Latino individuals in the US have experienced lower rates of mortality than non-Latino White individuals despite higher rates of poverty, often referred to as the “Latino mortality paradox.”1,2 This paradox may be attributable to behavioral and social factors, including strong family ties and support networks, rather than to a healthy migrant effect or to immigrants returning to their native countries near the end of life.2
Sign in to take quiz and track your certificates
JN Learning™ is the home for CME and MOC from the JAMA Network. Search by specialty or US state and earn AMA PRA Category 1 Credit(s)™ from articles, audio, Clinical Challenges and more. Learn more about CME/MOC
CME Disclosure Statement: Unless noted, all individuals in control of content reported no relevant financial relationships. If applicable, all relevant financial relationships have been mitigated.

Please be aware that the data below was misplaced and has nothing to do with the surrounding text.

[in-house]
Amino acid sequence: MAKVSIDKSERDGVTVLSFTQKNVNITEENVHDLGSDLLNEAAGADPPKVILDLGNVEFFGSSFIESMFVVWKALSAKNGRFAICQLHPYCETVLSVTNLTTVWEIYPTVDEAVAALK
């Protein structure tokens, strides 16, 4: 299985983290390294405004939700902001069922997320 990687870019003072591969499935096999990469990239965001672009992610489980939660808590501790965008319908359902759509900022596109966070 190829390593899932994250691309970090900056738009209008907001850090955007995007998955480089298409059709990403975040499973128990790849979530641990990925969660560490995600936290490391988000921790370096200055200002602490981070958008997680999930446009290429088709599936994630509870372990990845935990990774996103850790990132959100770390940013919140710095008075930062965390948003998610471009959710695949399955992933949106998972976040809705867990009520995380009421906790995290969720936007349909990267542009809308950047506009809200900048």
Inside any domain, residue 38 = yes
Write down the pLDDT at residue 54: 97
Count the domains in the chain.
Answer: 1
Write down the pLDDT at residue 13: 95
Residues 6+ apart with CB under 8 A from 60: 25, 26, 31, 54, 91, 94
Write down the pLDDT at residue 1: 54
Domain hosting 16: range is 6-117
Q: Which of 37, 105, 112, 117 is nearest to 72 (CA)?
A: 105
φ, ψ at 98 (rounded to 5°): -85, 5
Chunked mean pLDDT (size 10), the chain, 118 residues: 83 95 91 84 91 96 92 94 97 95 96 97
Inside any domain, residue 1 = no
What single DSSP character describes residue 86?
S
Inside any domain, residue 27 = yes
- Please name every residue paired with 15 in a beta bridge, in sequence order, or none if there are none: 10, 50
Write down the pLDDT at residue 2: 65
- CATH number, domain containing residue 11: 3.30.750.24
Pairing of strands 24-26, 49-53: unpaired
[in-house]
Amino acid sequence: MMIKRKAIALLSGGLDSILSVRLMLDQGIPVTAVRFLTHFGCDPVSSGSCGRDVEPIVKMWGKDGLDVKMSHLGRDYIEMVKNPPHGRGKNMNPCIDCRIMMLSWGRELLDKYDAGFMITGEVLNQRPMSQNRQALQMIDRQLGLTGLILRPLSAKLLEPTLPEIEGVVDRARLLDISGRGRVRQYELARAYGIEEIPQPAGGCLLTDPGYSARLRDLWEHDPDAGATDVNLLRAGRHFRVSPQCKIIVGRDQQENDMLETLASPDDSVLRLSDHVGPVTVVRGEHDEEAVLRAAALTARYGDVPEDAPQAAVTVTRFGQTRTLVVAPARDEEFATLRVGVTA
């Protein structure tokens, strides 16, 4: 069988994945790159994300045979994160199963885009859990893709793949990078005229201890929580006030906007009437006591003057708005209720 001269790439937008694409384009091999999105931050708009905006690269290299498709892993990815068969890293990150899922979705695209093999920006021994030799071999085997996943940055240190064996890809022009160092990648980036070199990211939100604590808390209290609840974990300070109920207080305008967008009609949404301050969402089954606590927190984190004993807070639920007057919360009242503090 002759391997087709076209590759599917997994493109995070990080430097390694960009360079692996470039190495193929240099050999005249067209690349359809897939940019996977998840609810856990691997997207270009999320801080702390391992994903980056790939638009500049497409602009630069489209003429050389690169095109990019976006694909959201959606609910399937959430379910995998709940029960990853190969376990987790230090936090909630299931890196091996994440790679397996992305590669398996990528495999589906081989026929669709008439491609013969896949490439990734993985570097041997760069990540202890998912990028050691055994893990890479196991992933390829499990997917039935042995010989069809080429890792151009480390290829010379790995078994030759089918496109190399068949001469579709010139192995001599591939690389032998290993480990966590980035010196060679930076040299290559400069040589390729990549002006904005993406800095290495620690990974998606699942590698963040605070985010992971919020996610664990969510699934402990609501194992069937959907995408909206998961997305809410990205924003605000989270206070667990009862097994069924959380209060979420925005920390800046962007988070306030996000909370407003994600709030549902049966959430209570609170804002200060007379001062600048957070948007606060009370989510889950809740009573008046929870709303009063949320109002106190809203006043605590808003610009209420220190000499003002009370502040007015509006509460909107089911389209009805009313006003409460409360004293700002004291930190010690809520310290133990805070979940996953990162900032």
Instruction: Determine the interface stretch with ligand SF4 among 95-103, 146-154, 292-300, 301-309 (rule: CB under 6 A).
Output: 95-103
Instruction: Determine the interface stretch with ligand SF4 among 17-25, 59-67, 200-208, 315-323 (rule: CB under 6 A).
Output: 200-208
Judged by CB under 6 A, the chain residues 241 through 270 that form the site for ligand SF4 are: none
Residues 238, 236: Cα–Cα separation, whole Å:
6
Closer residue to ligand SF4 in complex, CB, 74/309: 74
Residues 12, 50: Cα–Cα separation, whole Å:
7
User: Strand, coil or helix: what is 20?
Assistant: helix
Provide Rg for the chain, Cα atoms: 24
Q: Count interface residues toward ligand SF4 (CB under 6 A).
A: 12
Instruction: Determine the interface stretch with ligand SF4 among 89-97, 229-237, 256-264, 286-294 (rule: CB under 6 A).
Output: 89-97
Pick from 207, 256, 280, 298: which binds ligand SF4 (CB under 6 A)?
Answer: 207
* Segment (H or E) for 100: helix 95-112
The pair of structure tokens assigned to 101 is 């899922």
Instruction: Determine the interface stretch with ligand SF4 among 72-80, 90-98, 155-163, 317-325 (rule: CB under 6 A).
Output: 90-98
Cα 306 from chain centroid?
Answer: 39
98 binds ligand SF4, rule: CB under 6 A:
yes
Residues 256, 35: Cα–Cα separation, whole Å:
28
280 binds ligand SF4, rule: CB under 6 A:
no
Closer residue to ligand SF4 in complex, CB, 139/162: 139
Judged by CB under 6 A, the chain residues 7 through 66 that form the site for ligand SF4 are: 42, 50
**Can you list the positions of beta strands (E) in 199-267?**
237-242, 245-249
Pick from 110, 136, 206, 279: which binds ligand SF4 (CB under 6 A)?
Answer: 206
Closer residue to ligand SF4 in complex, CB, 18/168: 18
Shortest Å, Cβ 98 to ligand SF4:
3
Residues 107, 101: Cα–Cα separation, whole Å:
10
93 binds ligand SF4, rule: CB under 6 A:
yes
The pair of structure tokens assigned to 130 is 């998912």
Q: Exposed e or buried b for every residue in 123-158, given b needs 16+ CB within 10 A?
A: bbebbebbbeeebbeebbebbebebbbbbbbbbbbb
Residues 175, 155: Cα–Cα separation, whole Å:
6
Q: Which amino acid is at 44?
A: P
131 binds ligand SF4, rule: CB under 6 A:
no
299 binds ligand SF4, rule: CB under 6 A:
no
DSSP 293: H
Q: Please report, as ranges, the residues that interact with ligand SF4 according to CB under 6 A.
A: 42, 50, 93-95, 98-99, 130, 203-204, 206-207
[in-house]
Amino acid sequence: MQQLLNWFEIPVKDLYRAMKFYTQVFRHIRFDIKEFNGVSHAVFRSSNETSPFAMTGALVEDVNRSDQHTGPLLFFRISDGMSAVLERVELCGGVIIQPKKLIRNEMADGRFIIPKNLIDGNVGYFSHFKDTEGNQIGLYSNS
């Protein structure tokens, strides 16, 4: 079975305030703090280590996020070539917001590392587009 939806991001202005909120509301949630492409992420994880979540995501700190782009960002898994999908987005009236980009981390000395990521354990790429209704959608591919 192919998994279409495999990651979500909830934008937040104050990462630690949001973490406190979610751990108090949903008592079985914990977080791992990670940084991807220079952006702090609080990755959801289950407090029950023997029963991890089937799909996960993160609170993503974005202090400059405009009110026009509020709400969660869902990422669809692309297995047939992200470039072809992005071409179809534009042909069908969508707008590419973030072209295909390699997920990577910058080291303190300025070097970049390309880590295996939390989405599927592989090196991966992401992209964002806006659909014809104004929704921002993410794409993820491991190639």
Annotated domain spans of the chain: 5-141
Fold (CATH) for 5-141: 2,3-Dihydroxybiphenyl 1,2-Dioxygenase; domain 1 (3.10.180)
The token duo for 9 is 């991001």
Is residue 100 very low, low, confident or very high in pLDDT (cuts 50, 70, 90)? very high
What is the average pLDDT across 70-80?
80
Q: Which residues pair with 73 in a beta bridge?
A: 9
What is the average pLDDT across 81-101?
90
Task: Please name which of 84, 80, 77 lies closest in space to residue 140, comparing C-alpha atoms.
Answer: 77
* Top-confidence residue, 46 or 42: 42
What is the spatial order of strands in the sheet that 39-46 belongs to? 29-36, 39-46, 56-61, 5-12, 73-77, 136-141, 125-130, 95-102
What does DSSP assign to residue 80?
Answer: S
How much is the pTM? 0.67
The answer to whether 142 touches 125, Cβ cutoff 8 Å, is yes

Corresponding Author: Paul Simon, MD, Los Angeles County Department of Public Health, 313 N Figueroa St, Room 610, Los Angeles, CA 90012 (email@example.com).
Accepted for Publication: July 2, 2021.
Published Online: July 19, 2021. doi:10.1001/jama.2021.11945
Author Contributions: Drs Simon and Ho had full access to all of the data in the study and take responsibility for the integrity of the data and the accuracy of the data analysis.
Concept and design: All authors.
Acquisition, analysis, or interpretation of data: All authors.
Drafting of the manuscript: Simon, Ho.
Critical revision of the manuscript for important intellectual content: All authors.
Statistical analysis: Simon, Ho.
Administrative, technical, or material support: Simon, Shetgiri.
Supervision: Simon, Shetgiri.
Conflict of Interest Disclosures: None reported.
You currently have no searches saved.
You currently have no courses saved.